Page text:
Houston toad

North America



  • Habitat loss and degradation
  • Periodic drought
  • High traffic roads
  • Continuous grazing
  • Invasion of red fire ants

The Houston Toad is an endemic amphibian species to the south-eastern part of Texas in the USA. It feeds mainly on insects and invertebrates. The main breeding grounds for this nocturnal toad are isolated non-flowing ponds and pools while adults can be found in coastal prairies, sandy soils, and open wooded areas with an intermixture of tall grass.

Conversion of the wooded and wetland areas for urbanization, man-made infrastructure, and agriculture has greatly reduced the habitat range of the Houston Toad population.

The frog species is vulnerable to vehicle strikes or being trampled upon by grazing animals while its breeding sites are prone to predation from fish species, snakes, and other animals.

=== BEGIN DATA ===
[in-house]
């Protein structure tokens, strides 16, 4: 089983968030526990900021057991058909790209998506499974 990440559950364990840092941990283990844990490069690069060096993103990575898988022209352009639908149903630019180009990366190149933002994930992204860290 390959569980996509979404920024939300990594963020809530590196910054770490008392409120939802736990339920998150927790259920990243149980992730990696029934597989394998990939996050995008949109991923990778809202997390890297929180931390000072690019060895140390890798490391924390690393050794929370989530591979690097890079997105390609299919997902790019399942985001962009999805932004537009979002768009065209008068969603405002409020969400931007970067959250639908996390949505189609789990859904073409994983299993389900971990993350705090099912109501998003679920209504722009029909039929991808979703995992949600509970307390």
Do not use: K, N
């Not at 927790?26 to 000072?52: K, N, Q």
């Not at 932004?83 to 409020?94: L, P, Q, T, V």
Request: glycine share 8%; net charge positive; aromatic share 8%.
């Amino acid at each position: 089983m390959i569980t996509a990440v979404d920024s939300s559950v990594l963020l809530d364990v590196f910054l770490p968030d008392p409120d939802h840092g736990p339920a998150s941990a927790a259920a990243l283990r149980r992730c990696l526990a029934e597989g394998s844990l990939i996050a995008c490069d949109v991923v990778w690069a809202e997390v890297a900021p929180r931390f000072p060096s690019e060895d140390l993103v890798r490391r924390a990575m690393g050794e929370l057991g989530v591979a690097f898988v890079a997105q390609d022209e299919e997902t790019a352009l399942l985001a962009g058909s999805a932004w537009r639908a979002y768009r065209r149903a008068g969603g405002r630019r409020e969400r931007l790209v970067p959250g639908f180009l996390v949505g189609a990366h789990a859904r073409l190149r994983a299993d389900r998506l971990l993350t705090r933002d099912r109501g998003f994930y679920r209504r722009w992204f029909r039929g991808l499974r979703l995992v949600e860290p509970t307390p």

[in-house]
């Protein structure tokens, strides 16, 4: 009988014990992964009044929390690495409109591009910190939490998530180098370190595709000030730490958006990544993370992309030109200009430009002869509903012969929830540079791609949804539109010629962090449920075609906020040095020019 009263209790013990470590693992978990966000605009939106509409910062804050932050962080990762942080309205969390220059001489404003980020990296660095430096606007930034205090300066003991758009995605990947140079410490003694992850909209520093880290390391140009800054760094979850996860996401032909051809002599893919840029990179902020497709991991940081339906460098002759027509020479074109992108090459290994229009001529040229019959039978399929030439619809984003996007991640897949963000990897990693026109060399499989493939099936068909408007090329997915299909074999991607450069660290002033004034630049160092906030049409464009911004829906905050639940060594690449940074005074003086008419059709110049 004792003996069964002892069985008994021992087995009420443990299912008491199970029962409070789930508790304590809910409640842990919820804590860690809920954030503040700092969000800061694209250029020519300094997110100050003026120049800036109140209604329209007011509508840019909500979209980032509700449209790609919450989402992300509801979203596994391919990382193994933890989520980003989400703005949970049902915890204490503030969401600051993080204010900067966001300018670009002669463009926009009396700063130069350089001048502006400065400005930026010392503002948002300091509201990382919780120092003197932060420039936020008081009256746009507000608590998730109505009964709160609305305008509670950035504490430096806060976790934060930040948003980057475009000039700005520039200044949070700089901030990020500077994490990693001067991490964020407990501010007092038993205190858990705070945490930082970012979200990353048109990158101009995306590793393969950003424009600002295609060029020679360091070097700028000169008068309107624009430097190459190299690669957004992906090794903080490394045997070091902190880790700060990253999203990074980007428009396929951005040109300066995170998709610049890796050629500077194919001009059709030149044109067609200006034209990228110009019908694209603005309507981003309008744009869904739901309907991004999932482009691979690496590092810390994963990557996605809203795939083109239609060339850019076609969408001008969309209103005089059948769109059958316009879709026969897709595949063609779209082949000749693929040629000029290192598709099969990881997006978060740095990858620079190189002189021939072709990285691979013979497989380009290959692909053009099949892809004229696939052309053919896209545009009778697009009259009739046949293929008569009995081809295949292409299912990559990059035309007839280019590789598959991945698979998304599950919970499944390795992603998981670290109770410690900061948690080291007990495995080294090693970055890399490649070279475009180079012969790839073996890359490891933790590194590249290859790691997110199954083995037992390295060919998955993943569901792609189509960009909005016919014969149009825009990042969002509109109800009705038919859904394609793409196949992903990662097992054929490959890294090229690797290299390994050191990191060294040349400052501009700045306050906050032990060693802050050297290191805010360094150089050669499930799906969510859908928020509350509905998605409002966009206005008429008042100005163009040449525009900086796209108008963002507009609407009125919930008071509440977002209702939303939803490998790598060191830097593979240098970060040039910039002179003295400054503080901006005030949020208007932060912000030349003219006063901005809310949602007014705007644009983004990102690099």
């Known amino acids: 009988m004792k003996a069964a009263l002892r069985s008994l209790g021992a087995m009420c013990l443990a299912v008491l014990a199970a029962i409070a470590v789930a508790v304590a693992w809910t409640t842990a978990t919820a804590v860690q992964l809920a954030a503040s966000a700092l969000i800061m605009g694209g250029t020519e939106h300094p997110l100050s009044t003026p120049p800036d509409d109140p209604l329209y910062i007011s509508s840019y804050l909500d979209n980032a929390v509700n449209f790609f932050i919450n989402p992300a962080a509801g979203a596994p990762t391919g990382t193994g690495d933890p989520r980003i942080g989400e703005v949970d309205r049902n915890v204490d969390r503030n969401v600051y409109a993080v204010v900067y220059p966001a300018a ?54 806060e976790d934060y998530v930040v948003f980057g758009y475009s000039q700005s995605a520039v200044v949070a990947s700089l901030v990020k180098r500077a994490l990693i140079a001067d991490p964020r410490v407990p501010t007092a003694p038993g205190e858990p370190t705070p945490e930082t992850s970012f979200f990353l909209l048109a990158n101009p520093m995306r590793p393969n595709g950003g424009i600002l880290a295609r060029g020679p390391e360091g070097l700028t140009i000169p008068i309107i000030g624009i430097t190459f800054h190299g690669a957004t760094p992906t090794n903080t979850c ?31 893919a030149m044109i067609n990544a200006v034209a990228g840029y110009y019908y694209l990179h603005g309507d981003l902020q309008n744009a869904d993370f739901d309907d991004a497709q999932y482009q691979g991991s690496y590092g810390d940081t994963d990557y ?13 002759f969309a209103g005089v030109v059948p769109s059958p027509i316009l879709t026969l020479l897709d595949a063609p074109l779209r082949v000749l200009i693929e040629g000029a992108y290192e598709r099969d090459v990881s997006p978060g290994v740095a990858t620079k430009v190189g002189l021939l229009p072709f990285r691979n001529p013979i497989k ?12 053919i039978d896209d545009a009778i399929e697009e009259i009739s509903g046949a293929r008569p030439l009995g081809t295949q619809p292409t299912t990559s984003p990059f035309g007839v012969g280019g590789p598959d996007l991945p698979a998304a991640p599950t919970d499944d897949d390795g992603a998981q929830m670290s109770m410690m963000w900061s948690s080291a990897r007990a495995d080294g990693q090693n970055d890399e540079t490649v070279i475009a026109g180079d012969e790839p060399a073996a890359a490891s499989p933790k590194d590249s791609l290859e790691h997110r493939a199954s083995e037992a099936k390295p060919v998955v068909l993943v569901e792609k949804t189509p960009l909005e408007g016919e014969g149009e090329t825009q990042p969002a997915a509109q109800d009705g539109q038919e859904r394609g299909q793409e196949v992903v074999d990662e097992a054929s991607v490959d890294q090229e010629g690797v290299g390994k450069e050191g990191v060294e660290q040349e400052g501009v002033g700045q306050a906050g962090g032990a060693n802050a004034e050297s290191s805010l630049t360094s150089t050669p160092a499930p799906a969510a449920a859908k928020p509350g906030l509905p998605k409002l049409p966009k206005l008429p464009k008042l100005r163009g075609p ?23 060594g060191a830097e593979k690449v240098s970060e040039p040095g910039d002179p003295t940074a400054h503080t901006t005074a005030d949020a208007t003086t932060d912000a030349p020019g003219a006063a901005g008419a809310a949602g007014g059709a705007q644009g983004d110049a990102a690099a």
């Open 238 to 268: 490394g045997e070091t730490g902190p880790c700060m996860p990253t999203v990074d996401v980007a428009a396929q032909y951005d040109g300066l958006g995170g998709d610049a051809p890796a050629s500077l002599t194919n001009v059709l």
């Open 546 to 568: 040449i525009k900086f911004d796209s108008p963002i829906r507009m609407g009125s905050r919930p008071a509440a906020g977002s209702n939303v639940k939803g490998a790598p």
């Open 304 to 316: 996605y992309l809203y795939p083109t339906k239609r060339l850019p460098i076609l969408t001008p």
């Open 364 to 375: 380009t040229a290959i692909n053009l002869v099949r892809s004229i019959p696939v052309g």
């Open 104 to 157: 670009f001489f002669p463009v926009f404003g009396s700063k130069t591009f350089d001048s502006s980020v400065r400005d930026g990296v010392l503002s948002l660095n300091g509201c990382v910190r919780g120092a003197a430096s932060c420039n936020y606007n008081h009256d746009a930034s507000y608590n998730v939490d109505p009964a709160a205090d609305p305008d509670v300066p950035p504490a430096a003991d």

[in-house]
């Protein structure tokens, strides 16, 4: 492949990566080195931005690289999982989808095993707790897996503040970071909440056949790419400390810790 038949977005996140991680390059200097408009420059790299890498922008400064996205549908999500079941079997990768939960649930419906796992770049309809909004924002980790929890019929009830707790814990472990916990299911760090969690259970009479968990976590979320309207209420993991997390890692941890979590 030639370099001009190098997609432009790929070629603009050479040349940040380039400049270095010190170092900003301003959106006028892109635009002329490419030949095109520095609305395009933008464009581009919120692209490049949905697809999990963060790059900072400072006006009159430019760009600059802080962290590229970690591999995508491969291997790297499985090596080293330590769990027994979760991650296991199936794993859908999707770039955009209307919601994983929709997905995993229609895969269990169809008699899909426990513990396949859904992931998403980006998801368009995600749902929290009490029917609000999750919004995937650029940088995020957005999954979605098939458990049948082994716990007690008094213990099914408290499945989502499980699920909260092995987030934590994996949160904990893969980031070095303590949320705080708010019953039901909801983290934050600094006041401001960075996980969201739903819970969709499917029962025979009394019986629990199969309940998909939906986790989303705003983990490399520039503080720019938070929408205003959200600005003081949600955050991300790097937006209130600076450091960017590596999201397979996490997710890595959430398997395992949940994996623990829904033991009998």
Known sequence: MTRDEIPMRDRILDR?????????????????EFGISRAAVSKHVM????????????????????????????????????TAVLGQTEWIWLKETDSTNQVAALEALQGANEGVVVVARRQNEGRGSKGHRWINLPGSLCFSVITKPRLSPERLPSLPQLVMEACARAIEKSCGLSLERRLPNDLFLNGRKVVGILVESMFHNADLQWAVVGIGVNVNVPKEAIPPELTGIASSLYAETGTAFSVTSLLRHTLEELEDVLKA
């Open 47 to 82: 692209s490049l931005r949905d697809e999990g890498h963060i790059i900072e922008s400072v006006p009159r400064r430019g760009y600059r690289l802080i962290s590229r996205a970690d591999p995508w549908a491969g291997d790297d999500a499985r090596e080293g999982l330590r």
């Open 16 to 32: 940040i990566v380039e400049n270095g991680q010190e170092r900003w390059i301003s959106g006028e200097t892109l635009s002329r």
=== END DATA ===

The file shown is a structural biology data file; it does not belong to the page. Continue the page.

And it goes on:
This landscape alteration makes it difficult for males to attract females to breed, for frogs to roam without difficulty or threat of predators, and for creating burrows for shelter.

As more red fire ants roam the area, it means less chances of survival for day-old toads during its travel from the breeding site to the land habitat. Widespread use of herbicides and pesticides in surrounding agricultural lands also pollutes the water habitat and lowers the abundance and quality of its food supply.